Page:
The sports and tourist complex is located in close proximity to the capital of the Republic of Karelia, Petrozavodsk city, on the Jalguba bay shore of the Onega Lake.
The meaning of the name Jalguba comes from dividing the word into two parts: “Jal” and “Guba”. The first part takes its roots from the Baltic-Finnish languages; “Jalo” deriving from the Veps language, meaning “big”. The second part of the word “Guba” is from the Russian dialect, and it means “bay”. The name Jalguba is the same as the name of a small village located nearby.
WHY IS THE BAY CALLED BIG?
That’s easy. By comparison there is a smaller bay called Pin’guba, which is located nearby. Its name originates from the word “pieni”, which means “small” in Veps, and “guba” referring to “bay”.
There is also a settlement of the same name.
The places are remarkably picturesque…
Jalguba village is surrounded by rock hills of more than 100 metres in height. Geologists believe they are the remains of ancient volcanoes. North of the village is the mountain Lebjazhia, and to the left is a volcano range, the base of which Berezovie Mosti village can be found. To the Southwest is the mountain Bolshaja Vera (from “Vaara” – Baltic, Finnish for “mountain”), its southern slope is seen from Petrozavodsk. The middle of the mountain hosts the Botanical Gardens of Petrozavodsk State University. Some compare Jalguba’s surroundings with Kamchatka, although local volcanoes have been dormant for several hundred million years.
The view from the mountaintop is very interesting. The houses in Jalguba look itsy bitsy, while the sandy bay shore is very picturesque, and the bay itself looks like a giant leg with a toe facing towards the north.
The bay's length is 7 km, spanning 500-600 metres wide and with an average depth of 5-6 metres.
Jalguba is an old Russian village that was first mentioned in the XVI century. The history of the village is linked with the name Boris Godunov. According to legend, one of the village residents, Vasiliy Merkulov healed (by “licking”) the wounds on the Boris Godunov’s leg. For this, he was granted a so-called “obelnaja gramota”, a document that grants the holder the right not to have to pay any so-called “heart-money” or other taxes.
More on tourist attractions
The emergence of the active leisure centre "Jalgora" in this area is no coincidence. It is a place filled with the spirit of sports events and accomplishments.
Petrozavodsk resident Vitaliy A. Vibornov discovered the mountain right across from the old village of Jalguba in 1959. It loomed over the bay and the only possible way to get there was through the village via the bay. It became the perfect place to create the Jalguba alpine ski centre.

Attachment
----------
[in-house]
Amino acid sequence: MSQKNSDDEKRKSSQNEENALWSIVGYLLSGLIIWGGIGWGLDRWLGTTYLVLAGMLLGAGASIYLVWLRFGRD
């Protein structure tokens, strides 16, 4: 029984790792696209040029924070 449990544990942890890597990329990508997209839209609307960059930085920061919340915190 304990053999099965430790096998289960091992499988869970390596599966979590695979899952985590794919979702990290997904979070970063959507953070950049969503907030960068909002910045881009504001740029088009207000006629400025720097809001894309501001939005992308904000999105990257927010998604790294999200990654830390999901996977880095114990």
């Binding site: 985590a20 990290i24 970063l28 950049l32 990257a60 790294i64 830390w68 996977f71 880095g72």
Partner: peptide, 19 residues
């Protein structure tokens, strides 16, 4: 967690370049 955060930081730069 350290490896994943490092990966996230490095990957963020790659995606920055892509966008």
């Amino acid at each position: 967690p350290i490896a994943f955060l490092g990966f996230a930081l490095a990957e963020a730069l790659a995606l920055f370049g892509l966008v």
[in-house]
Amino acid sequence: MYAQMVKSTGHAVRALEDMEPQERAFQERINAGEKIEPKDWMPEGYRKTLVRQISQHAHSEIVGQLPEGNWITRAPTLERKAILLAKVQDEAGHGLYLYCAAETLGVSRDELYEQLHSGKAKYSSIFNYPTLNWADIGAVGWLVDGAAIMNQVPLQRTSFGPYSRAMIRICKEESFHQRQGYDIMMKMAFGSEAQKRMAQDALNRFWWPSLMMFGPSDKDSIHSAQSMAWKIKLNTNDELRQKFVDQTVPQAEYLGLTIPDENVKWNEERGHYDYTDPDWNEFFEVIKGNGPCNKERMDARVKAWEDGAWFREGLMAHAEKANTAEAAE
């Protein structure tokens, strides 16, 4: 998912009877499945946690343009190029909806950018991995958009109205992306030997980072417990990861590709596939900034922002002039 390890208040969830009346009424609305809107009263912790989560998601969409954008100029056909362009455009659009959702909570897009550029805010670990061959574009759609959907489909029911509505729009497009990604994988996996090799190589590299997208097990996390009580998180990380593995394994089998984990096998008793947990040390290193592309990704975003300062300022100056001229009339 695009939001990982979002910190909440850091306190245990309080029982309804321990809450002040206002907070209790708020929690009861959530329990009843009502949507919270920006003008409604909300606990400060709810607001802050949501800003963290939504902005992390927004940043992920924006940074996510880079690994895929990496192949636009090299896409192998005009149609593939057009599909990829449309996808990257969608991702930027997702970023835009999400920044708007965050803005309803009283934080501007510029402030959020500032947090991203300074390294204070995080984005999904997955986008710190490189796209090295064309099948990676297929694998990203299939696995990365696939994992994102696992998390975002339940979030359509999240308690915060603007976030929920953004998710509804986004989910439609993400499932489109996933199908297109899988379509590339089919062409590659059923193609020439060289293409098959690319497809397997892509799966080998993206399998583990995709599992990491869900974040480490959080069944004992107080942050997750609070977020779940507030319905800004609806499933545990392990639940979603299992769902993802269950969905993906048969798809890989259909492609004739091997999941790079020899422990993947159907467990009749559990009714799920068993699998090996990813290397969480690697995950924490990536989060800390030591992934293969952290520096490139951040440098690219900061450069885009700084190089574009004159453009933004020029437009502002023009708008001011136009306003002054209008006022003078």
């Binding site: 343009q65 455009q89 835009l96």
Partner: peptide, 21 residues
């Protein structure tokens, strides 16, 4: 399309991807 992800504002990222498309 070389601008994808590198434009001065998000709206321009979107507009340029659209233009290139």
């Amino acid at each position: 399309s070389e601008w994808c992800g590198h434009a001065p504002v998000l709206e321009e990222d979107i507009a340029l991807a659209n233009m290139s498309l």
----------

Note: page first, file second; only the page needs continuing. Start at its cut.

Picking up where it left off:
The construction of the centre was based around the enthusiasm of passionate and like-minded people like Vitaliy A. Vibornov and his trainees. On their own they set up the electricity, deforested and conducted explosive work to level the slope and to prepare it for riding. Vitaliy Vibornov himself turned a tractor into a snowmobile for a more effective and faster means of preparing the slope.
The first lift was built in the 1970s.
In the late 1980s, the building of a nearby summer community was accompanied with the construction of a first road.
In the 1990s, the complex was equipped with a giant slalom course. It hosted alpine skiing competitions at the Republic level.
Vitaliy Vibornov trained a series of Karelian alpine skiing sportsmen.
Plans for the development of cross-country skiing are being considered for the area. Topographic features allow for the creation of ski runs at an international level. These plans were elaborated by Vitaliy Vibornov's colleague, Stanislav K. Anikiev, the master of sports in cross-country skiing and coach of the Russian national team at world championships.
In 2009, after the untimely death of Vitaliy, Vibornov the founder of the Jaluba sports centre, many people tried to save, support and continue to transform the complex and to contribute to its rebirth. Unfortunately, many problems arose and grass slowly began to take over the slopes.
In 2012, famous Russian snowboarder Dmitriy Vaitkus decided to inherit the legacy of his colleagues and predecessors and created Jalgora, a fundamentally new project complex for alpine skiing, sport and tourism.
From the get-go, construction of the complex began in a very dynamic mode. The complex will be equipped with modern infrastructure to comply with the up-to-date standards for safe alpine ski sports and a comfortable tourist centre.
Another important aspect is to promote internal tourism in Russia. We expect that quality infrastructure will attract tourists from outside of Karelia to visit many local sightseeing attractions.